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Why NAFTA Matters to Business

U.S. Chamber of Commerce launches national awareness campaign

By: Melissa Anders

With thousands of American companies facing potential economic impacts if the United States renegotiates or withdraws from the North American Free Trade Agreement (NAFTA), the U.S. Chamber of Commerce is aggressively working to get them involved in speaking out on behalf of the trade deal.

“Now that NAFTA is somewhat under attack, I think you’re seeing more and more recognition about the importance of NAFTA to the U.S. economy,” said Christopher Wenk, the U.S. Chamber’s executive director for international policy. “The facts themselves are, I think, absolutely staggering … it’s clear why we’re seeing manufacturers and service providers and farmers speaking up.”

Trade with Canada and Mexico supports almost 14 million American jobs, according to the U.S. Chamber. As the epicenter of the U.S. automotive manufacturing industry, Michigan stands to be the hardest hit. The U.S. Chamber estimates that 366,000 Michigan jobs could be at risk if the country withdraws from NAFTA. Michigan exported more than $37 billion to Canada and Mexico in 2017, which accounts for more than 60
percent of the state’s total exports, according to federal trade statistics.

President Donald Trump has called NAFTA the “worst trade deal ever made” and blames the pact for sending manufacturing and other jobs across the border as well as creating trade deficits with Canada and Mexico. Labor groups like the United Auto Workers also have criticized the agreement for causing American job loss and wage stagnation.

The U.S. Chamber, however, argues that if NAFTA’s duty-free trade went away and U.S. exporters started facing tariffs, there would be massive job losses, especially in the automotive sector. While U.S. Chamber leaders agree that the 24-year-old agreement could benefi t from being modernized and strengthened, they want to ensure that any changes would fi rst do no harm to American businesses.

“NAFTA is so much a part of the economic fabric of the United States and North American market, and we need to make sure that policymakers are hearing from businesses, manufacturers, and farmers,” Wenk said. “There’s a lot at stake here and it’s really important that they don’t do anything that’s going to take us backwards.”

Automakers and other major industries are actively advocating against proposed changes to NAFTA, such as a five-year sunset provision or new country of origin requirements that outline the percentage of an automobile’s inputs, such as parts and labor, that come from the United States, Mexico or Canada.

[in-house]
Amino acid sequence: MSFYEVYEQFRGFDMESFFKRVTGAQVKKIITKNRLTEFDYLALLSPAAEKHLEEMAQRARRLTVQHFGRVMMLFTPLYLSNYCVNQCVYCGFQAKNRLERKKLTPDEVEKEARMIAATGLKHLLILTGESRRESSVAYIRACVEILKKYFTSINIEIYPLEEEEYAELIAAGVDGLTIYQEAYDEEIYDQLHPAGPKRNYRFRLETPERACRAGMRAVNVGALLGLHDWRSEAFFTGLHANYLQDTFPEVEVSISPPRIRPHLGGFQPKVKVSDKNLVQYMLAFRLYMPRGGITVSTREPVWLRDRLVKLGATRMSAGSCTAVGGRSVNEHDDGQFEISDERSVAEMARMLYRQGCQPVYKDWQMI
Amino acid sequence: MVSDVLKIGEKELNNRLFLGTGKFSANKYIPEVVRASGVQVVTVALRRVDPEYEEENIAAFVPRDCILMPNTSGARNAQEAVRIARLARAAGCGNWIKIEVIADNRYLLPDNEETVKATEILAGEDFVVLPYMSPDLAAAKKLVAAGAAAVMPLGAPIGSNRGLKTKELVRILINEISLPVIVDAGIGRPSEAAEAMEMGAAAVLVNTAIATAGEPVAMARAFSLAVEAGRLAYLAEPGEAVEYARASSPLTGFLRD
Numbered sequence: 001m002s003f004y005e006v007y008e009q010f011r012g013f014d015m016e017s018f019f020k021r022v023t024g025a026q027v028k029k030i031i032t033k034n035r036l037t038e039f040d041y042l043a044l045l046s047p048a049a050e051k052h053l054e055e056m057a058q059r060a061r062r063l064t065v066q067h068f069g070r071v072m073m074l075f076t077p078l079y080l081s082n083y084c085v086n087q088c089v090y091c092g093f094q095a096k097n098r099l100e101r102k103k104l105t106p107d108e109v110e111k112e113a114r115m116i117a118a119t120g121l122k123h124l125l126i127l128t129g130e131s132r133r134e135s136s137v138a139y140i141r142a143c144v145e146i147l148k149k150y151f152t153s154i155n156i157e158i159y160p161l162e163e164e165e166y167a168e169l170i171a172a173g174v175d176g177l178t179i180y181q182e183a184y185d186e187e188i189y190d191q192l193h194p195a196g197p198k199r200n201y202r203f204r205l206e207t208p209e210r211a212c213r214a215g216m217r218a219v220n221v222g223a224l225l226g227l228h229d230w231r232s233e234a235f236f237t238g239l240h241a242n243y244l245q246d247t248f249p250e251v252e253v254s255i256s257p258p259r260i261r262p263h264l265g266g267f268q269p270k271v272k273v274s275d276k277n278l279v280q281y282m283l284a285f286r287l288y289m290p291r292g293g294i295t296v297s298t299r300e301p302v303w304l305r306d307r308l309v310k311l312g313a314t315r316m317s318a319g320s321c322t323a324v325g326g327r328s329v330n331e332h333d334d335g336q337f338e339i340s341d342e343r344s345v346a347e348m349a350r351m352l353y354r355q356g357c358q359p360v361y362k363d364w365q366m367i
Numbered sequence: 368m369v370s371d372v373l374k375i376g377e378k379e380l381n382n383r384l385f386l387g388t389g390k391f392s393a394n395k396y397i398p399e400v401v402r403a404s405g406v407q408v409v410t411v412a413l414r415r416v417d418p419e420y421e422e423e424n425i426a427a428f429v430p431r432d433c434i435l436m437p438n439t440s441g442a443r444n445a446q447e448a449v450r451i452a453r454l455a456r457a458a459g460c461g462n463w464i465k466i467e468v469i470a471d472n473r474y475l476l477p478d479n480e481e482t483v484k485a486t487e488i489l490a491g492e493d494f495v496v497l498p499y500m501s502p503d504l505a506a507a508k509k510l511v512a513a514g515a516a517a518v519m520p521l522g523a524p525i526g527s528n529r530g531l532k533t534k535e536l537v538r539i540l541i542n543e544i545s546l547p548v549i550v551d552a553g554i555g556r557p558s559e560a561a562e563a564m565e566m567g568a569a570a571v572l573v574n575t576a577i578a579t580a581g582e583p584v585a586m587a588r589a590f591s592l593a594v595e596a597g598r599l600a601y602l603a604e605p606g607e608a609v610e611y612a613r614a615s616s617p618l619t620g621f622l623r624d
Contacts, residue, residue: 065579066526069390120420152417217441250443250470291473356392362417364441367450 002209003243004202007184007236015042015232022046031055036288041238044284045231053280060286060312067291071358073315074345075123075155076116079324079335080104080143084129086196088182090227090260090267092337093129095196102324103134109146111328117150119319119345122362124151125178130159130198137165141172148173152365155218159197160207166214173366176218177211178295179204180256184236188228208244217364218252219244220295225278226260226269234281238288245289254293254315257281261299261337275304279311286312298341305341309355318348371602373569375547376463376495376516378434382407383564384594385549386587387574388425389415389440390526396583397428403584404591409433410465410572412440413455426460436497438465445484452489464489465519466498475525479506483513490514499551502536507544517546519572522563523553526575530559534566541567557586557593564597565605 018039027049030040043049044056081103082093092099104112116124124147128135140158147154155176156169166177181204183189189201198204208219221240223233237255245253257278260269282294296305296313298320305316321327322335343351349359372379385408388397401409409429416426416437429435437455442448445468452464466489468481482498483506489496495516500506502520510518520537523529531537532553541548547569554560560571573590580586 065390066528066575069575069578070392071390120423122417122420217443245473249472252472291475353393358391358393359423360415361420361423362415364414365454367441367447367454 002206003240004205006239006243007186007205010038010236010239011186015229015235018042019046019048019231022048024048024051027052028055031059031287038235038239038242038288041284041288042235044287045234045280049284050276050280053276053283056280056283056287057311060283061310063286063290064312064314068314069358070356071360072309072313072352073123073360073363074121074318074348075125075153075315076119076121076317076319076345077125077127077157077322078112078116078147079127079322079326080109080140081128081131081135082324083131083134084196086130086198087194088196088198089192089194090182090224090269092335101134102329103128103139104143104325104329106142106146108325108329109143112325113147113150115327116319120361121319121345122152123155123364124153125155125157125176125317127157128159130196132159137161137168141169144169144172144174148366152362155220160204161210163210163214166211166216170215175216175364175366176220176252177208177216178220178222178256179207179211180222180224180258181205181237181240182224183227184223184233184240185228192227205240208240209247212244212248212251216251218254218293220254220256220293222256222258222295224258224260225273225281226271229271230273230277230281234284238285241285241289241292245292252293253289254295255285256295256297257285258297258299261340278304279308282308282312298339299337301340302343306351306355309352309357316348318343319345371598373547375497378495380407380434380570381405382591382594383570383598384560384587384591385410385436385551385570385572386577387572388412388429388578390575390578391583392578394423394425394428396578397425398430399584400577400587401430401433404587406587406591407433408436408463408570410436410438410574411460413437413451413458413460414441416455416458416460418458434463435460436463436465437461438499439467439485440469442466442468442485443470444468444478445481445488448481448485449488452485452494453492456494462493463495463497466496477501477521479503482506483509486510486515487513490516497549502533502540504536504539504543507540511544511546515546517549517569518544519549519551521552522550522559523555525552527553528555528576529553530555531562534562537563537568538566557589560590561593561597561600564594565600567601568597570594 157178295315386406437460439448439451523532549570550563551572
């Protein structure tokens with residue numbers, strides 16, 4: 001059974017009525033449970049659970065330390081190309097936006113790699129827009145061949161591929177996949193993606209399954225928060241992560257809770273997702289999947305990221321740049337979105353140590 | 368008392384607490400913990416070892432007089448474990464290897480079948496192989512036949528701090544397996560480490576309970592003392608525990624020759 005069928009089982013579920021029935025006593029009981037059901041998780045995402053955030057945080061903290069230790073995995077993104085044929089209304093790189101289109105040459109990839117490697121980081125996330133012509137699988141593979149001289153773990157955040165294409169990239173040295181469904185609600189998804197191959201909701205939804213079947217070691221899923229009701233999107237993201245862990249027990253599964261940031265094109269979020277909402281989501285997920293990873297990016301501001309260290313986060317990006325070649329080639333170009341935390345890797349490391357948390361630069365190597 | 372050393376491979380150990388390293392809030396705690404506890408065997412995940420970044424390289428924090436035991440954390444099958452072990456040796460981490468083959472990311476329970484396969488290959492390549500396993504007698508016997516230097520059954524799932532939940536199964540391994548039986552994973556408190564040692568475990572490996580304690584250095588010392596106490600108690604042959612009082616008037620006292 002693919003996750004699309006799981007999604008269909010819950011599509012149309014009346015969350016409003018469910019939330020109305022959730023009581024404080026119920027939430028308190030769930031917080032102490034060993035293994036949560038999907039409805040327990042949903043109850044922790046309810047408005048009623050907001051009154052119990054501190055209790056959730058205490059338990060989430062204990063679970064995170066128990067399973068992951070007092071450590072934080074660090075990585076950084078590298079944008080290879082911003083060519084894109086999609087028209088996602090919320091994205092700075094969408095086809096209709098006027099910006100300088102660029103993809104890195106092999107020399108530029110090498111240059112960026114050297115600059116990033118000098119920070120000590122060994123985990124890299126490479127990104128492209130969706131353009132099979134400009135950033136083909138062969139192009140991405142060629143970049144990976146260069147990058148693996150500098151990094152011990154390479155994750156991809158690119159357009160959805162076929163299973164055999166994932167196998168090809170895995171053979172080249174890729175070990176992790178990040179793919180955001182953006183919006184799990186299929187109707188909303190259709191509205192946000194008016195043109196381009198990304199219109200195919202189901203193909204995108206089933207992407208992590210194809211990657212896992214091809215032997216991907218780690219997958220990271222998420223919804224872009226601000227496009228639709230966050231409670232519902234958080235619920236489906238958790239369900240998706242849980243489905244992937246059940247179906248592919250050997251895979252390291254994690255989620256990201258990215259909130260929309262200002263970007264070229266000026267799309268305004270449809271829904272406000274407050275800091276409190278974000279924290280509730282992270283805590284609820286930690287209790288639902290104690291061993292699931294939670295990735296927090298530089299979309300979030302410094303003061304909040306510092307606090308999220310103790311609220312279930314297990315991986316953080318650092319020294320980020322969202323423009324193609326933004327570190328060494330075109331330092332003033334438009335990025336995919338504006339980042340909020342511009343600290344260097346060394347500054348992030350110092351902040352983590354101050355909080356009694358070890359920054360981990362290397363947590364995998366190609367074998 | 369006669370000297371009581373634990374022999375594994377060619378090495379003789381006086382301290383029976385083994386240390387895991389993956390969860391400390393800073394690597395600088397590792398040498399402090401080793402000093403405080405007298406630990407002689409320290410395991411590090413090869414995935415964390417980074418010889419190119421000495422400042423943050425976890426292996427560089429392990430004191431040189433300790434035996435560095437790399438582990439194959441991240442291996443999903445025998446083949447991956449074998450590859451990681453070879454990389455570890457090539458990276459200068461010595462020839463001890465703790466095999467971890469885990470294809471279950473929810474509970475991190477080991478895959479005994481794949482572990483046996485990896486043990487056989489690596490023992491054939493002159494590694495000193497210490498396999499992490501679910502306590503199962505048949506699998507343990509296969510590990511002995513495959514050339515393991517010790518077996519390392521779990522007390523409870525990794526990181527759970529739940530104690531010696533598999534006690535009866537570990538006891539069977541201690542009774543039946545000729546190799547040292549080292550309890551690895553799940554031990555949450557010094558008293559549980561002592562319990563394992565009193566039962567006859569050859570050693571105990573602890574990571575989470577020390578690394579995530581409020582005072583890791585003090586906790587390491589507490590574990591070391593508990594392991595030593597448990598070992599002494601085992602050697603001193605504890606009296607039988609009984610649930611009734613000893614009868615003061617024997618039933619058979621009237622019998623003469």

To get more businesses to join the conversation, the U.S. Chamber launched a “NAFTA Works” campaign. The campaign features a website,, which includes videos profi ling various businesses and how the agreement impacts them. The site also offers state-specifi c trade statistics and information on how to get involved by contacting members of Congress and signing an op-ed or letter to the editor. The U.S. Chamber popularized the Twitter hashtag #NAFTAWorks through frequent tweets about the benefi ts of NAFTA.

One of the businesses profi led on the site is Owosso-based Rugged Liner Inc. Exports represent about 30 percent of business for the truck accessory manufacturer and distributor, which has created more than 30 jobs because of increased demand overseas, according to International Sales Director Yannick Greiner.

“As we grow our export business, we’re able to hire more people here, in Michigan,” Greiner said in an interview with the U.S. Chamber. “And, as we can create new jobs, more money is put into our local economy in ways that benefi t other local businesses and workers.”

“Free trade agreements reduce the duties and tariffs of our ‘Made in USA’ product and gives an ease of doing business,” he added.

Erik Stewart, president of Battle Creek-based Stewart Industries, said NAFTA has been a double-edged sword. The supply chain management company employs 90 people who support the automotive and aerospace industries. While he acknowledged his company has lost some business to Mexico due to cheaper manufacturing costs, he said the trade agreement does have its advantages, too.

One area he would like to see improvement on is digitization of the rules of origin process.

“NAFTA allows for the electronic certifi cation of goods, which cuts down on confusion and paperwork. Mexico has this capability but the U.S. has not been able to get itself into the 21st century regarding electronic certifi cation,” he said. “Rules of origin ought to also be self-certable.” U.S. Chamber offi cials are taking the NAFTA Works campaign on the road by visiting local chambers of commerce and farm bureaus throughout the country.

“For a lot of the big companies, they have an offi ce in Washington and they’re working on this. But for a lot of small and medium-sized businesses, obviously they’re busy running their businesses,” Wenk said, noting that more than 125,000 small and medium-sized businesses export to Mexico and Canada.

“That’s a lot of companies, that’s a lot of jobs. So, we need to make sure that those people are speaking out.”